“See what?”

“Come on, Ricky, and keep down low. They’ve left one feller over
there with th’ hosses and, Ricky, he’s smokin’ uh real cigaret!”

“Uh cigaret,” murmured Ricky. “Mama mine, I’d spank uh female
grizzly’s cub in th’ ol’ lady’s presence for one long drag on uh
cigaret. Ouch—gol dang——”

“_Sh-h-h-h!_” sibilated Zeb.

“Aw—if you’d got yer knees in uh cactus patch you’d say
_sh-h-h-h-h_!” retorted Ricky in an undertone.

They sneaked around behind the patch of cottonwoods and in behind
the four horses. Those range-bred horses made no move except to
nuzzle Ricky as he whispered—

“Steady li’l bronks.”

The cowboy sat on his heels some distance in front of the horses and
puffed away at his cigaret. Ricky got one good whiff of that cigaret
and then took one long step and dove straight for the unsuspecting
cowboy. Ricky’s right arm described a short arc as he plunged, and
the cowboy rolled over without a sound.

Ricky got up and rolled him over and felt of his heart.

“Fine work!” he exclaimed. “That loaded quirt I took off that saddle
was jist th’ thing, Zeb. Look what I got.”

He held up a sack of tobacco and a book of cigaret-papers.

“And that ain’t all either,” he continued. “I found this roll uh
bills in th’ same pocket and——”

“Ricky, we ain’t thieves,” stated Zeb.

“Not any,” agreed Ricky. “But, Zeb, this ain’t stealin’. Somebody’s
got to pay th’ freight, and it’s uh cinch that I ain’t goin’ to
search fer Watts to collect uh few days’ pay. We simply got to have
uh little money and if it eases yore mind any, Zeb, you can consider
this my money, _sabe_?”

“They’re comin’ back, Ricky!”

Loud voices raised in a heated argument floated across the
sage-brush flat and coming closer all the time.

“You take that big roan, Ricky, and I’ll take th’ black. Slip th’
bridles off the other two and cut their cinches.”

It was but a moment’s work to slip the rigs off the extra horses,
and then they mounted and moved off slowly in the shadow of the
trees until they were behind the cottonwoods. Suddenly there was a
shout from the cowboys and they knew their work had been discovered.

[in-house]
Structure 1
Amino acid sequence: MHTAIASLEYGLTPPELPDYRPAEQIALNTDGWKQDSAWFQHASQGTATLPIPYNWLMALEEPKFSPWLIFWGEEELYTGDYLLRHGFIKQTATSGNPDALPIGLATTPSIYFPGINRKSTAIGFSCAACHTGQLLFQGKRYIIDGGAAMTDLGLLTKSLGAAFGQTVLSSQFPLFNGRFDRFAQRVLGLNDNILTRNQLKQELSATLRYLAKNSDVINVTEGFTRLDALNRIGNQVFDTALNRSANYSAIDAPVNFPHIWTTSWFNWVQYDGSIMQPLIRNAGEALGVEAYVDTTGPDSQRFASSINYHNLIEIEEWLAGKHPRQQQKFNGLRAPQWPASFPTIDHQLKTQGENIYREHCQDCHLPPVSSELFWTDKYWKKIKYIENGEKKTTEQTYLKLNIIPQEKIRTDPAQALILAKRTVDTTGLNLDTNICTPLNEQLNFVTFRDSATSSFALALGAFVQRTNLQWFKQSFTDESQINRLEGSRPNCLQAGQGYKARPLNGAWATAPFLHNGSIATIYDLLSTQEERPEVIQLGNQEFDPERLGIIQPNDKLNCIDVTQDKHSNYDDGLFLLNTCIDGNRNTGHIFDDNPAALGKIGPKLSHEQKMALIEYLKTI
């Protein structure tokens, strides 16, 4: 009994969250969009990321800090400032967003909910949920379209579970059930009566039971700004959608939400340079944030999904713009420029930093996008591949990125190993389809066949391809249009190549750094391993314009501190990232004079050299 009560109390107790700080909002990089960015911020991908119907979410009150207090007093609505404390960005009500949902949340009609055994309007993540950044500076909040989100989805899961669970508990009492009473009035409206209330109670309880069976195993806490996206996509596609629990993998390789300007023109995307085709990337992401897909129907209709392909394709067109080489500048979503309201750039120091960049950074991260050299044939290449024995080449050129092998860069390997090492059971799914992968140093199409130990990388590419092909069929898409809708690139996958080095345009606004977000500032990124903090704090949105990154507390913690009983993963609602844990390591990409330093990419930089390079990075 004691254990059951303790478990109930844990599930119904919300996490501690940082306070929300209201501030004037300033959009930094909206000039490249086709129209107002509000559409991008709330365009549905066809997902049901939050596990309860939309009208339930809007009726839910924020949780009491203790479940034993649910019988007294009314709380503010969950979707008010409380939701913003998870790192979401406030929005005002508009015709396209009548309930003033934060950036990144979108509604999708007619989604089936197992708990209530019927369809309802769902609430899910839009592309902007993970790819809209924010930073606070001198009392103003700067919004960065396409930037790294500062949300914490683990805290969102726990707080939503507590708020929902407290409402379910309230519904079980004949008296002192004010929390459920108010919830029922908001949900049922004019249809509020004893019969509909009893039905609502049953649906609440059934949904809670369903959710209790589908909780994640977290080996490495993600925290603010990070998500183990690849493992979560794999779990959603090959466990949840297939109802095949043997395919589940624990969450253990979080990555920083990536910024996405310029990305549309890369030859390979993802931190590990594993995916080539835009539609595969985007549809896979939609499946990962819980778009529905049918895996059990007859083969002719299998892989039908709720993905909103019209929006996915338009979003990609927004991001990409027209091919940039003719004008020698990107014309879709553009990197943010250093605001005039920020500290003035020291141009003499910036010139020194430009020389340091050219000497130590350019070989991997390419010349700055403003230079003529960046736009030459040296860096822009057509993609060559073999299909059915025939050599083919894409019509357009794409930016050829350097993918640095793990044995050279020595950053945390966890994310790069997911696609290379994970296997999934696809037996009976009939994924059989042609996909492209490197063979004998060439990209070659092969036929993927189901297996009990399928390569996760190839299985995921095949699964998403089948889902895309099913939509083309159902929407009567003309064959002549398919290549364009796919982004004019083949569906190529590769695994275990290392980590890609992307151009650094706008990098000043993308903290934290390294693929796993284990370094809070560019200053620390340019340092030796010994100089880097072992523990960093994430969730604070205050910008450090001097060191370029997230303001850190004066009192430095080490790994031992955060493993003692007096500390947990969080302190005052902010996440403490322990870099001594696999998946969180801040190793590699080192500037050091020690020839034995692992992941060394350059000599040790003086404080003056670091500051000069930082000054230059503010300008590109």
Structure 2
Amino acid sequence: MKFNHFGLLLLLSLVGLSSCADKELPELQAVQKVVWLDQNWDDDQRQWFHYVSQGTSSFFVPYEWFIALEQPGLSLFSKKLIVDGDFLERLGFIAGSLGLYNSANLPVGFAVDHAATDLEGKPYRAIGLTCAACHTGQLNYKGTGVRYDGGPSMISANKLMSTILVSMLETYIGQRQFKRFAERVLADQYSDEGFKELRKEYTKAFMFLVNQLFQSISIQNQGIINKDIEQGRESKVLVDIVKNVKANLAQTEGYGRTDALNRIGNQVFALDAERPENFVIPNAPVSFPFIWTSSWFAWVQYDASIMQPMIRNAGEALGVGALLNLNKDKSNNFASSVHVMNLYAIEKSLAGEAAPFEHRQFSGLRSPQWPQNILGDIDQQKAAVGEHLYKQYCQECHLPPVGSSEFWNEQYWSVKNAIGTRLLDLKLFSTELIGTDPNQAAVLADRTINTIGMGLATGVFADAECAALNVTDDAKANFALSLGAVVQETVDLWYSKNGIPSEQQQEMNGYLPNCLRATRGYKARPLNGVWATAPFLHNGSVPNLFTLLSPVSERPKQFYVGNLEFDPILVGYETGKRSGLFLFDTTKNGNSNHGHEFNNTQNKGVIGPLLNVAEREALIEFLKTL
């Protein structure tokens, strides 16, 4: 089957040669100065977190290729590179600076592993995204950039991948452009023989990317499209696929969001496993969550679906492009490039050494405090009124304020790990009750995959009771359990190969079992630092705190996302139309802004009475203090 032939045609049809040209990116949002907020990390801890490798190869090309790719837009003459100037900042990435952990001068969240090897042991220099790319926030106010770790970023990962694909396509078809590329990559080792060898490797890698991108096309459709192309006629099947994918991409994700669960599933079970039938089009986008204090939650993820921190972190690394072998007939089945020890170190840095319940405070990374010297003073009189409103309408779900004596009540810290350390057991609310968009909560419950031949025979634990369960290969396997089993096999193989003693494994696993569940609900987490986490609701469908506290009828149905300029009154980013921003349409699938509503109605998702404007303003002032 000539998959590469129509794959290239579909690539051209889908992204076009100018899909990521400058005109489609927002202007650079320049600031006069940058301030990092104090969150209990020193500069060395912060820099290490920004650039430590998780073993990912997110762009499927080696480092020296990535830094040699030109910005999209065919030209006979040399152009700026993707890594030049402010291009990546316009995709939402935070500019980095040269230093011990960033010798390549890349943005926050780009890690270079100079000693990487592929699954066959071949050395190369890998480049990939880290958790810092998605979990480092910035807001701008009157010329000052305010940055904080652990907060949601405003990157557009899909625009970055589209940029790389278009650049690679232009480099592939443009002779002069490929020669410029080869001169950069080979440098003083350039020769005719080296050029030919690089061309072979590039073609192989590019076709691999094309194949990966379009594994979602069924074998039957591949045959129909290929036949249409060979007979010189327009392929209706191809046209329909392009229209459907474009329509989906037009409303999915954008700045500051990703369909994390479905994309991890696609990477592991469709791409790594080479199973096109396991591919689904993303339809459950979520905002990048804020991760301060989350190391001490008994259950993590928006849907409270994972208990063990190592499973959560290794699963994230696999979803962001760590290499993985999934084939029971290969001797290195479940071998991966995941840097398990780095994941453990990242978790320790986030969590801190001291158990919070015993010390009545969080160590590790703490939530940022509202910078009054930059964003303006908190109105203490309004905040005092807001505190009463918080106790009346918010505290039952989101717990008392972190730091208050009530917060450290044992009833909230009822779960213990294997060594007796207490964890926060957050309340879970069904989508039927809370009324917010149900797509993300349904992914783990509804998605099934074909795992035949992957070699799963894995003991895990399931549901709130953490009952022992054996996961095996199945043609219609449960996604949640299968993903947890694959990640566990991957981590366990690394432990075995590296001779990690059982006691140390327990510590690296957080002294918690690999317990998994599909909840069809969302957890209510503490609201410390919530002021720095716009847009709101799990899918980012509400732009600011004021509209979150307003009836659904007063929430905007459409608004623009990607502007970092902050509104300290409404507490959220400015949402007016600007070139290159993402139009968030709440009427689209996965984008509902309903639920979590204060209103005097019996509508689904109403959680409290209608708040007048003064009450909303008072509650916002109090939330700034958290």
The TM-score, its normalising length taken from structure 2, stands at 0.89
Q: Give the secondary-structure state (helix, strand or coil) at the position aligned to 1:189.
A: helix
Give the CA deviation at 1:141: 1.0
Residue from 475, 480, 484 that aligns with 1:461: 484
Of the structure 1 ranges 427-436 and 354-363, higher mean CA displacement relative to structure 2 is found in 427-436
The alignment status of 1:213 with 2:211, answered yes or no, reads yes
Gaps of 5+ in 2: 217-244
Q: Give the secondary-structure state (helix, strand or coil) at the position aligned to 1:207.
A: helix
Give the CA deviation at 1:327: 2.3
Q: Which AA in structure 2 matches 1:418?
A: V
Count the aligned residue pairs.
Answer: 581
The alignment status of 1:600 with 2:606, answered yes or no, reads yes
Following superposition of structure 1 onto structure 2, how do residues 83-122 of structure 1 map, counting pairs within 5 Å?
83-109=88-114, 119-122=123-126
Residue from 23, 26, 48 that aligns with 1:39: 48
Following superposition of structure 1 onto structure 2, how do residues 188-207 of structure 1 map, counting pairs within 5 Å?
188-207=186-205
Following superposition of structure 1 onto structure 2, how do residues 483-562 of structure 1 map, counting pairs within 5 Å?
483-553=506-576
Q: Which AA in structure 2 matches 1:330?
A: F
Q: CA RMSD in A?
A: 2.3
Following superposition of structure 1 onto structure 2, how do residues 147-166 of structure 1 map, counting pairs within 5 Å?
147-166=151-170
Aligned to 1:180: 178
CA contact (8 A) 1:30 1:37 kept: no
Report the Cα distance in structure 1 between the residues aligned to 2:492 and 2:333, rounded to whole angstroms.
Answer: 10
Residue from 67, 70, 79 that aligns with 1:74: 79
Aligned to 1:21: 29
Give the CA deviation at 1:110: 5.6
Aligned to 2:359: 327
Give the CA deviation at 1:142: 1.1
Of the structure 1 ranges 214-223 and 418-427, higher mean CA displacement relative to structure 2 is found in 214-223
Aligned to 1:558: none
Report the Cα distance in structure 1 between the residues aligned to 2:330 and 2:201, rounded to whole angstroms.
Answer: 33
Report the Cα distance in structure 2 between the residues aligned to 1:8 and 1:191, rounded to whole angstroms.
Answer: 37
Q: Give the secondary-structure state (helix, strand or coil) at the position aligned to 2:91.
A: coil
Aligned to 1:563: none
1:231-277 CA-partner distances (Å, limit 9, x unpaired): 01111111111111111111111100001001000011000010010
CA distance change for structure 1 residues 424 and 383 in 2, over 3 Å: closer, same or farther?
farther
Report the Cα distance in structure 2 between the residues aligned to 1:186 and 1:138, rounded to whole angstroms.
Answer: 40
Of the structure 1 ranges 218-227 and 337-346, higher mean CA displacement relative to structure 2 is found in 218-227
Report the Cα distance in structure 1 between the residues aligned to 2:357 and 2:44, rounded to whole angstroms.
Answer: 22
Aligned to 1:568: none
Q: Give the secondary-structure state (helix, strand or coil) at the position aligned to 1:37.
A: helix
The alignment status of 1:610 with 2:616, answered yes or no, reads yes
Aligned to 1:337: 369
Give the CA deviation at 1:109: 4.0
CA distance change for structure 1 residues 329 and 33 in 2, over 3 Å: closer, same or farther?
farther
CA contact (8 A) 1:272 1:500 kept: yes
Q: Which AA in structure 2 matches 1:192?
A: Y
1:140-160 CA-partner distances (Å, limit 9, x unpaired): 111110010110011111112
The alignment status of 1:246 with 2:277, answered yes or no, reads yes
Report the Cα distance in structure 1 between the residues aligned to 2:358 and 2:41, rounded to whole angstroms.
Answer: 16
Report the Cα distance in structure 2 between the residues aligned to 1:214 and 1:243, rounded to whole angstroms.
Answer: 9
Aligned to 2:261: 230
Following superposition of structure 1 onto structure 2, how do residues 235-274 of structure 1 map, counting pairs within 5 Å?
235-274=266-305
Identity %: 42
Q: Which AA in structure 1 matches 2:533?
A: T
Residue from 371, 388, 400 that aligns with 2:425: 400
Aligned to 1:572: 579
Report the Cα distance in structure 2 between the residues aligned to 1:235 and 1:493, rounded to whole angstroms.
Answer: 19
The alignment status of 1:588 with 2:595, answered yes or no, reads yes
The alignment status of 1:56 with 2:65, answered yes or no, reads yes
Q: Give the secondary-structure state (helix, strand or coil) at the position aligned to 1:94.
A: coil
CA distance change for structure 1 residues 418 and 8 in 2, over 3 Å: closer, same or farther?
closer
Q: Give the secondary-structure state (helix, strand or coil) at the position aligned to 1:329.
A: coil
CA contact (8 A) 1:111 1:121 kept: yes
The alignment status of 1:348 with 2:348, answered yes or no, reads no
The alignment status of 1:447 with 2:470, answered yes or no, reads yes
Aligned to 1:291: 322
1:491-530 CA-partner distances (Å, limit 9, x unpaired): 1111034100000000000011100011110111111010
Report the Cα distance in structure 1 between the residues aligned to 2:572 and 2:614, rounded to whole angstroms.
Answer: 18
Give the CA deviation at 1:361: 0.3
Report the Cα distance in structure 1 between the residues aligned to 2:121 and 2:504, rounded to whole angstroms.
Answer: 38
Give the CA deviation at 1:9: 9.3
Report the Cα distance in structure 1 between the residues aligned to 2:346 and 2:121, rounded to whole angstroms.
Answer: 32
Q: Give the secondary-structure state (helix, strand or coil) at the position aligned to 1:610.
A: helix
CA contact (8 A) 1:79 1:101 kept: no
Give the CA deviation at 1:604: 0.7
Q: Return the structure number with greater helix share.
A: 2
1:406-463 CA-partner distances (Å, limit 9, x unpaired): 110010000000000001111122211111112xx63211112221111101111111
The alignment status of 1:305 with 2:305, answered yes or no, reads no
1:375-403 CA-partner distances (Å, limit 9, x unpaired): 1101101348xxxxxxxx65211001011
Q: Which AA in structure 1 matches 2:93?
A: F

Ricky pulled up his big roan and turned in the saddle.

“Walk, dang yuh, walk!” he yelled at the top of his voice and then,
spurring their horses, they streaked off across the moonlit
foothills in the general direction of Mill City, followed by a
scattering volley of pistol-shots and unprintable remarks.

It was noon the next day when they rode into the little town of Mill
City. They had taken the wrong road and had ridden miles out of
their way before they met a person who set them on the right trail.
They rode up in front of a Chinese restaurant and Ricky handed his
reins to Zeb and slid painfully to the ground.

“I’ll order everything he’s got,” he announced. “You put them horses
in a stable some place and hurry back. Gosh, I’m starved plumb to
death.”

Zeb rode on up the street to the one livery-stable. He was too
hungry and tired to take off the saddles so he left the horses
outside.

“Unsaddle ’em and give ’em uh good feed,” he ordered the stable man,
and then started back to the restaurant.

He had almost reached the door when he saw Ricky come out, propelled
by a big bearded person, who whirled his partner around roughly and
started down the street, shoving him by the shoulder. Ricky was
protesting loudly and already several people were walking curiously
toward them. Zeb quickened his pace until he was walking at Ricky’s
side.

“What’s th’ trouble?” he asked.

“I’m arrested, that’s all!” exclaimed Ricky, and Zeb, acting on the
spur of the moment and without any preliminary windup, whirled and
smashed the officer on the jaw with his right.

The officer dropped like a rock. It was a clean knock-out. Zeb gave
him one look and then grabbed Ricky by the arm.

“Come on!” he yelled. “Run, you son-of-a-gun, run! We’ve got to git
to them hosses quick!”

He dashed off down the dusty street and Ricky pounded along behind.
Several people on the street had seen the blow struck but they made
no move to stop the pair. The suddenness of it all and the limp form
of the officer lying there on the board sidewalk drew their
attention more than did the two dust-covered figures racing for the
livery-stable.

“Pure bull luck!” panted Zeb. “Them hosses ain’t been unsaddled yet.
“Git a-goin’!” he yelled as he climbed into the saddle and spurred
the black around the corner.

Ricky needed no urging. His big roan was right on the heels of the
black when they hit the down grade toward Sweet Grass Valley.

Not a word was spoken until they had put at least a dozen miles
between them and Mill City. At the forks of the road, Zeb pulled up
and turned in his saddle.

“Which one do yuh reckon th’ posse will take in case they hit our
trail, Ricky?”

Ricky rolled a smoke and scratched his head foolishly.

“I don’t reckon it makes much difference which one we take,” he
remarked. “They ain’t goin’ to foller us far. Hittin’ uh deputy
ain’t no hangin’ matter, Zeb.”

“No, but hoss stealin’ is,” reminded Zeb seriously.

“Who said anything about horse stealin’?” demanded Ricky.

Zeb squinted his eyes and looked Ricky over carefully from heels to
hat.

“Say, Ricky, jist about what in the devil did that feller arrest yuh
for?”

“Hittin’ uh Chinaman,” chuckled Ricky, between puffs.

“Hittin’ uh Chinaman!” exploded Zeb. “What fer?”

“Zeb—” Ricky leaned over and put his hand on Zeb’s shoulder and a
humorous light twinkled in his gray eyes—“I hadn’t no more than sat
down in that restaurant until one uh them danged slant-eyed
celestials comes over to me and says, ‘You likee some nice roast
mutton?’”

Zeb reached over and shook hands solemnly with Ricky and then turned
his horse down the left-hand fork of the road.

“Ricky,” he laughed, “‘let’s git a-goin’. This country is all wool
but she ain’t wide enough fer me and you.”

THE END


[Transcriber’s Note: This story appeared in the October, 1915 issue
of _Adventure_ magazine.]